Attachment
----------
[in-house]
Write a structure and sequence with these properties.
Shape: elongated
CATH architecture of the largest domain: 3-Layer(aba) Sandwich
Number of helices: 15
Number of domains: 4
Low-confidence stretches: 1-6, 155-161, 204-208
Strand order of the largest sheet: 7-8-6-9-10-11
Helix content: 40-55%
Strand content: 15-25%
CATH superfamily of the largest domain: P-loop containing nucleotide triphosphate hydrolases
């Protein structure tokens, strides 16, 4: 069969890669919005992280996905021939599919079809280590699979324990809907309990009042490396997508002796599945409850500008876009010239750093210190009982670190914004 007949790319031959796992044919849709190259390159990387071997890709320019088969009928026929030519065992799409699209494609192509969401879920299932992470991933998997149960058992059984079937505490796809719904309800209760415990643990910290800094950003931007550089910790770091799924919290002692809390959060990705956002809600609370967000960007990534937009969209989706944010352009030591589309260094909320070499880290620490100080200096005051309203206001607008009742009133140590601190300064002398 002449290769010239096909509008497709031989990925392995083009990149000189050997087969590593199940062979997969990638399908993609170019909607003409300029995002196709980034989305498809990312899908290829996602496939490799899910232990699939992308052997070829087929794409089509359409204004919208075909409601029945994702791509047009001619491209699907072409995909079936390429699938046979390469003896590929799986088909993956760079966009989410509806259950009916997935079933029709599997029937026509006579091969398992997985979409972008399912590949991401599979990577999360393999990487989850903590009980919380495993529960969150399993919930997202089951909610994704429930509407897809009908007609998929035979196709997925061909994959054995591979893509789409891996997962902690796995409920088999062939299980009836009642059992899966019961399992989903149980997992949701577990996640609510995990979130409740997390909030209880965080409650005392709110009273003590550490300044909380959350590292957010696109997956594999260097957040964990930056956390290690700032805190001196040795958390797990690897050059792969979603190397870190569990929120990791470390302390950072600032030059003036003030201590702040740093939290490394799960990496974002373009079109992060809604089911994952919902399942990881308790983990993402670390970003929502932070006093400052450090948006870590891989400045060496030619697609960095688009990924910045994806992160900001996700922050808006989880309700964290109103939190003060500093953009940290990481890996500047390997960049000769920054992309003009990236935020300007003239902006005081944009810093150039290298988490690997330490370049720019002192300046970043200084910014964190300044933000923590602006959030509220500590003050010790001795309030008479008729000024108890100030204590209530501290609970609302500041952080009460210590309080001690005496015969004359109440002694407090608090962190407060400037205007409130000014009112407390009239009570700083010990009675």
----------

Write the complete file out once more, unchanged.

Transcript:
[in-house]
Write a structure and sequence with these properties.
Shape: elongated
CATH architecture of the largest domain: 3-Layer(aba) Sandwich
Number of helices: 15
Number of domains: 4
Low-confidence stretches: 1-6, 155-161, 204-208
Strand order of the largest sheet: 7-8-6-9-10-11
Helix content: 40-55%
Strand content: 15-25%
CATH superfamily of the largest domain: P-loop containing nucleotide triphosphate hydrolases
């Protein structure tokens, strides 16, 4: 069969890669919005992280996905021939599919079809280590699979324990809907309990009042490396997508002796599945409850500008876009010239750093210190009982670190914004 007949790319031959796992044919849709190259390159990387071997890709320019088969009928026929030519065992799409699209494609192509969401879920299932992470991933998997149960058992059984079937505490796809719904309800209760415990643990910290800094950003931007550089910790770091799924919290002692809390959060990705956002809600609370967000960007990534937009969209989706944010352009030591589309260094909320070499880290620490100080200096005051309203206001607008009742009133140590601190300064002398 002449290769010239096909509008497709031989990925392995083009990149000189050997087969590593199940062979997969990638399908993609170019909607003409300029995002196709980034989305498809990312899908290829996602496939490799899910232990699939992308052997070829087929794409089509359409204004919208075909409601029945994702791509047009001619491209699907072409995909079936390429699938046979390469003896590929799986088909993956760079966009989410509806259950009916997935079933029709599997029937026509006579091969398992997985979409972008399912590949991401599979990577999360393999990487989850903590009980919380495993529960969150399993919930997202089951909610994704429930509407897809009908007609998929035979196709997925061909994959054995591979893509789409891996997962902690796995409920088999062939299980009836009642059992899966019961399992989903149980997992949701577990996640609510995990979130409740997390909030209880965080409650005392709110009273003590550490300044909380959350590292957010696109997956594999260097957040964990930056956390290690700032805190001196040795958390797990690897050059792969979603190397870190569990929120990791470390302390950072600032030059003036003030201590702040740093939290490394799960990496974002373009079109992060809604089911994952919902399942990881308790983990993402670390970003929502932070006093400052450090948006870590891989400045060496030619697609960095688009990924910045994806992160900001996700922050808006989880309700964290109103939190003060500093953009940290990481890996500047390997960049000769920054992309003009990236935020300007003239902006005081944009810093150039290298988490690997330490370049720019002192300046970043200084910014964190300044933000923590602006959030509220500590003050010790001795309030008479008729000024108890100030204590209530501290609970609302500041952080009460210590309080001690005496015969004359109440002694407090608090962190407060400037205007409130000014009112407390009239009570700083010990009675």